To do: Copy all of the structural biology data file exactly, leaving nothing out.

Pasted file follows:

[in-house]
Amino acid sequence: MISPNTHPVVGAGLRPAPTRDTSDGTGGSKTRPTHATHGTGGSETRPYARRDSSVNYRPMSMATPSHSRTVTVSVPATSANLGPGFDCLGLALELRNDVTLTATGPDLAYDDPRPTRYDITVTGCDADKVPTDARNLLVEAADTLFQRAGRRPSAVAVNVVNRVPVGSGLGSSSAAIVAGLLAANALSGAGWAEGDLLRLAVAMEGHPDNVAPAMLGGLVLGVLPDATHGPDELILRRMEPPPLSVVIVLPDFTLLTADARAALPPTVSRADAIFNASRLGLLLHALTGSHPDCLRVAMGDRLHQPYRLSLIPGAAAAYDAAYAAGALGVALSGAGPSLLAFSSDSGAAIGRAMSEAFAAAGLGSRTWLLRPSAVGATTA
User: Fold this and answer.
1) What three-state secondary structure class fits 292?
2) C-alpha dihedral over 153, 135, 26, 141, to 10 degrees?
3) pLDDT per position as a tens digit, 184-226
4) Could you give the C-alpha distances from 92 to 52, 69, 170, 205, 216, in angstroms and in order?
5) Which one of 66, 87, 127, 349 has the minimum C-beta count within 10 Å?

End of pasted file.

[in-house]
Amino acid sequence: MISPNTHPVVGAGLRPAPTRDTSDGTGGSKTRPTHATHGTGGSETRPYARRDSSVNYRPMSMATPSHSRTVTVSVPATSANLGPGFDCLGLALELRNDVTLTATGPDLAYDDPRPTRYDITVTGCDADKVPTDARNLLVEAADTLFQRAGRRPSAVAVNVVNRVPVGSGLGSSSAAIVAGLLAANALSGAGWAEGDLLRLAVAMEGHPDNVAPAMLGGLVLGVLPDATHGPDELILRRMEPPPLSVVIVLPDFTLLTADARAALPPTVSRADAIFNASRLGLLLHALTGSHPDCLRVAMGDRLHQPYRLSLIPGAAAAYDAAYAAGALGVALSGAGPSLLAFSSDSGAAIGRAMSEAFAAAGLGSRTWLLRPSAVGATTA
User: Fold this and answer.
1) What three-state secondary structure class fits 292?
2) C-alpha dihedral over 153, 135, 26, 141, to 10 degrees?
3) pLDDT per position as a tens digit, 184-226
4) Could you give the C-alpha distances from 92 to 52, 69, 170, 205, 216, in angstroms and in order?
5) Which one of 66, 87, 127, 349 has the minimum C-beta count within 10 Å?